ACCORDING TO the late March posting on the DPIW Fox Eradication Program webpage -

“Six scats collected as part of the Fox Eradication Program’s ongoing monitoring and investigation activities have been identified as fox scats by the University of Canberra’s Institute of Applied Ecology. The scats were among thousands of scats that have been collected by the Program and sent to the University of Canberra for DNA analysis.”

”The fox scats were collected in the St Peters Pass, Campbell Town, Spreyton, Seymour and Gladstone areas between July 2007 and February 2008.”

”Two of the fox scats were located by the specially trained scat detector dogs which joined the Program late last year. These dogs are used to search for evidence of fox activity in ‘hotspot’ areas following investigation activities or the detection of other evidence of fox activity.”

”A further two fox scats were found during initial work for the state-wide carnivore Scat Collection Survey. This project is designed to comprehensively examine all areas of highly suitable fox habitat in Tasmania and gather information that will help identify the location of fox populations.”

“The remaining two fox scats were collected during routine investigations undertaken in response to sighting reports….”

Five DNA positive fox scats were found around the Conara ‘fox hotspot collected during September and October 2006’.

What we haven’t been told is whether the fox-detector dogs have done any useful follow-up reconnaissance in the areas where they found these positive fox scats.

What we haven’t been told is whether the Fox Eradication Program has deployed any infra-red sensor cameras at these fox-scat locations?

Since 2001 there has been no success in producing any images of foxes taken in Tasmania (even from the sensational Old Beach incident in May 2006) or in the recovery of four dead foxes (one allegedly freshly-run over [Glen Esk Road August 2006], one decomposed-run over [Lillico February 2006], one allegedly road-killed fox [Burnie City October 2003] and one decomposed-shot fox [Mr Bosworth’s Symons Plains fox September 2001]) for which the storyline and authenticity of the eye-witness reports, the chain of custody and forensic pathology follow up linking these fox carcasses to the site of recovery are seriously flawed.

According the latest DPIW posting: “It is likely that as the effort intensifies in the search for evidence that it will increase the chances of detecting evidence.”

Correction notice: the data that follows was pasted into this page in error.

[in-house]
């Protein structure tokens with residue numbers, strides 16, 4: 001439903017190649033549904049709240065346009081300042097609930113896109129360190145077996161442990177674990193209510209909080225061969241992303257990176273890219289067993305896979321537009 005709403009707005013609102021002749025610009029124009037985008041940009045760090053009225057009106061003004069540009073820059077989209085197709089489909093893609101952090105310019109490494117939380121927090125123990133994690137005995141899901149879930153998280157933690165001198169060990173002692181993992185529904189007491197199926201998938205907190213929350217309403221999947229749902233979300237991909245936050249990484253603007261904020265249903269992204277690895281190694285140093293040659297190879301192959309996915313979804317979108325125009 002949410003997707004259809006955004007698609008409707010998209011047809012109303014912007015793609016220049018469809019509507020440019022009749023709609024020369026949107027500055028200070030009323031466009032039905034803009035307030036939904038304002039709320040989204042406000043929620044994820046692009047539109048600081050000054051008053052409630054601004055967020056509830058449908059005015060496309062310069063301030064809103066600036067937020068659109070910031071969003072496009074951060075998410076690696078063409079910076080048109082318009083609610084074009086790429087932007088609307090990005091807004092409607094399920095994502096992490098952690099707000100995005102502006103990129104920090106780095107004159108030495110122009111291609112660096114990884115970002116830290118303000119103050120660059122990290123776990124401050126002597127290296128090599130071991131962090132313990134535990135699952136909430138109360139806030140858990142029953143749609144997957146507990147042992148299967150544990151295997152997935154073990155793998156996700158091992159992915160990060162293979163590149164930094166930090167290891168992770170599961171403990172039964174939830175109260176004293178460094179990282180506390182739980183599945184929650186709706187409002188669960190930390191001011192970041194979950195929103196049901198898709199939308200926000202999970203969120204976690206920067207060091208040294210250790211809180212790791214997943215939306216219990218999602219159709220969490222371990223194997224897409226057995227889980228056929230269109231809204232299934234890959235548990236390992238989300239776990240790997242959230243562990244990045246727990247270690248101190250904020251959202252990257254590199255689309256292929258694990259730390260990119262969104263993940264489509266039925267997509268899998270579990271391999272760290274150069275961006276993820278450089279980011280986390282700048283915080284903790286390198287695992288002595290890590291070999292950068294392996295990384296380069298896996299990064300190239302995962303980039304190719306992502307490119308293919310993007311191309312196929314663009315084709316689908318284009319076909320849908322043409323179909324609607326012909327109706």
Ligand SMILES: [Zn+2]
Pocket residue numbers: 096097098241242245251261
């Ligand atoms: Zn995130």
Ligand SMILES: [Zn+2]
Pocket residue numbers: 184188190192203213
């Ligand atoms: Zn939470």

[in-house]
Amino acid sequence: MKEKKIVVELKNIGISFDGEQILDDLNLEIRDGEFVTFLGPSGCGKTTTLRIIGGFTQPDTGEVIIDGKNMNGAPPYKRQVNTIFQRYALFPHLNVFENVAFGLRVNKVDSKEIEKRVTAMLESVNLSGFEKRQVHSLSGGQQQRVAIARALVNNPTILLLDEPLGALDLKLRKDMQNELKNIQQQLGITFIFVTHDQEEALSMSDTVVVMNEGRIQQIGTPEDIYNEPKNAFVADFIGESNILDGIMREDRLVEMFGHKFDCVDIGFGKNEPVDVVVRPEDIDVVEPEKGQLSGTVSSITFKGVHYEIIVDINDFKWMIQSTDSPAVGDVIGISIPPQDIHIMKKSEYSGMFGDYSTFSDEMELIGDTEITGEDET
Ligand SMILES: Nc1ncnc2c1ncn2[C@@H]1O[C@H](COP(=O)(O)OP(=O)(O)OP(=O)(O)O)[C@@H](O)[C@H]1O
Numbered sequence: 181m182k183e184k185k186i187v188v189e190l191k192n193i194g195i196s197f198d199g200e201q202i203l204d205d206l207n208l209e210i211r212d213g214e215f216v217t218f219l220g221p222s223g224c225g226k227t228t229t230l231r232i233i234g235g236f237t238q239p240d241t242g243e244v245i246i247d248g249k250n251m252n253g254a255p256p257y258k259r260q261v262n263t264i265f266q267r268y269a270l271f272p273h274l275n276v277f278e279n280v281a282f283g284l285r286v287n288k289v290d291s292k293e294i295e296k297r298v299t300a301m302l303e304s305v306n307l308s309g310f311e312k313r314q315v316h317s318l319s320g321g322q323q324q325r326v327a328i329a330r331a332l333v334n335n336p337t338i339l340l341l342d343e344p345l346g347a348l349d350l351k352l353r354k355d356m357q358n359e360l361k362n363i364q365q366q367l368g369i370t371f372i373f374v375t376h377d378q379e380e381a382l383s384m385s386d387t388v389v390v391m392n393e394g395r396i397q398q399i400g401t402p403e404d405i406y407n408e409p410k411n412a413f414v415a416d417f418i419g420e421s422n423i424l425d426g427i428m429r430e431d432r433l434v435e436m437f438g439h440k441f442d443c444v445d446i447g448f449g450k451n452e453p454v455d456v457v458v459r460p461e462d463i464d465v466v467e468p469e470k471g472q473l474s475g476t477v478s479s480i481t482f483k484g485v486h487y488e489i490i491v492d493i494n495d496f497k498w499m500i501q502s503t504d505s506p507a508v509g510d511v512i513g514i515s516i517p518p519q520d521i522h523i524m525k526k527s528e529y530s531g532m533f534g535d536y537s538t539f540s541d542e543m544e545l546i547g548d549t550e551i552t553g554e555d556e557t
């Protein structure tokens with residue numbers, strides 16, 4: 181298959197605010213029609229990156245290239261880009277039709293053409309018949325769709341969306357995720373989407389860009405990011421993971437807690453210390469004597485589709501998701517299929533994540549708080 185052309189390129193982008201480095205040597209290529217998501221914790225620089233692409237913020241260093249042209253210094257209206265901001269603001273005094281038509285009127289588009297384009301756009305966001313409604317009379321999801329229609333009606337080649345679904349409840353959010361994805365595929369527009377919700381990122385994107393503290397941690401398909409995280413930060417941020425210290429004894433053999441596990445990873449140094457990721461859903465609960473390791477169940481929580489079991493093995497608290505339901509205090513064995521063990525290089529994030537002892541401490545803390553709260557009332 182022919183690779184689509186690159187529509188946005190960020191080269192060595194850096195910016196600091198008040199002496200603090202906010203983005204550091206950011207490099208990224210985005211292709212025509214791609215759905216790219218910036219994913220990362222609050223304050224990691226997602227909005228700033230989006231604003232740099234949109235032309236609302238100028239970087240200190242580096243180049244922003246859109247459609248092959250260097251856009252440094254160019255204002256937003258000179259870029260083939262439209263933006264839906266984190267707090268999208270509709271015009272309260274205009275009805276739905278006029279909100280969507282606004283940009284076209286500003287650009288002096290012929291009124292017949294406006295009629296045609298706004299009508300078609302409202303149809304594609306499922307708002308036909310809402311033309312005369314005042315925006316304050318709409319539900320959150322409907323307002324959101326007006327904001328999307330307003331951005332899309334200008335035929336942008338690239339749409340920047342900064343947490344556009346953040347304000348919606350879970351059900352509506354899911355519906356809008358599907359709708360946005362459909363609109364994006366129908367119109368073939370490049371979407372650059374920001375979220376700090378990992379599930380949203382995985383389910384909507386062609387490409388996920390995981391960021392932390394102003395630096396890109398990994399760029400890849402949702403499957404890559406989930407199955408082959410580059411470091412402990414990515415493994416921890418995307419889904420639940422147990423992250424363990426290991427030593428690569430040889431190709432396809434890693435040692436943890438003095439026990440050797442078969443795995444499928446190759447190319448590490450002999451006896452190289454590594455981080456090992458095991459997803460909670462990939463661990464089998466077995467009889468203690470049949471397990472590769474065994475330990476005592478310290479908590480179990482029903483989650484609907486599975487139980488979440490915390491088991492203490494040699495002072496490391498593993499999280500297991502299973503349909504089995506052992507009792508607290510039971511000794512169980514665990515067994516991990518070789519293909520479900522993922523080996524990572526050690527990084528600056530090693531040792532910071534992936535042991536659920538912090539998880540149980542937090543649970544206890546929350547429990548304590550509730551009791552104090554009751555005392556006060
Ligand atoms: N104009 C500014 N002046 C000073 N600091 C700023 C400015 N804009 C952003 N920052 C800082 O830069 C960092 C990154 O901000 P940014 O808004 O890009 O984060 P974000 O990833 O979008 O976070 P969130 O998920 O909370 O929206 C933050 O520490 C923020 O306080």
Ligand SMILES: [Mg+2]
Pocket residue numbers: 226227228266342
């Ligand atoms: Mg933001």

After seven years of dedicated fox program expenditure & field activities, including broad-scale buried fox baiting activities, this latest report would seem to suggest that evidence of cryptic fox presence still exists in at least four fox ‘hotspot’ areas.

How does the Fox Eradication Program explain the apparent continued presence of foxes in these sites in relation to the use of their preferred eradication tool - namely, buried 1080-meat baits?

Does it suggest that at low fox numbers that buried fox baits aren’t killing resident foxes? If that is the actually correct then the current efforts of the Fox Eradication Program will be futile.

According the latest DPIW posting: “The collection of the six fox scats also reflects the cooperation and support provided by landholders across the state, who allow access to their properties for ongoing monitoring activities.”

So how effective is a Fox Eradication Program that relies on being allowed to access landholder’s properties?

If gaining access to ALL properties for fox eradication activities isn’t mandated by law, how effective can the Fox Eradication Program using the current buried 1080-baits possible be?

Under the current policy, the use of the term ‘Eradication’ - as applied to the DPIW Fox Eradication Program is deceitful and ultimately unachievable.

Under Tasmania’s current fox-killing program, involving the appropriation of large sums of public funds, there can be no confidence that buried 1080-meat baits will ‘eradicate’ foxes in Tasmania. This investment and apparent reliance on the use of such tool for fox ‘eradication’ is - to say the least - deluded.

I am eagerly awaiting the publication of a series of scientific peer-reviewed papers with the detailed ‘Materials & Methods’ sections on all the field activities and evidence of the presence of foxes in Tasmania.

David Obendorf


Since 2001 there has been no success in producing any images of foxes taken in Tasmania (even from the sensational Old Beach incident in May 2006) or in the recovery of four dead foxes (one allegedly freshly-run over [Glen Esk Road August 2006], one decomposed-run over [Lillico February 2006], one allegedly road-killed fox [Burnie City October 2003] and one decomposed-shot fox [Mr Bosworth’s Symons Plains fox September 2001]) for which the storyline and authenticity of the eye-witness reports, the chain of custody and forensic pathology follow up linking these fox carcasses to the site of recovery are seriously flawed.

Under Tasmania’s current fox-killing program, involving the appropriation of large sums of public funds, there can be no confidence that buried 1080-meat baits will ‘eradicate’ foxes in Tasmania. This investment and apparent reliance on the use of such tool for fox ‘eradication’ is - to say the least - deluded.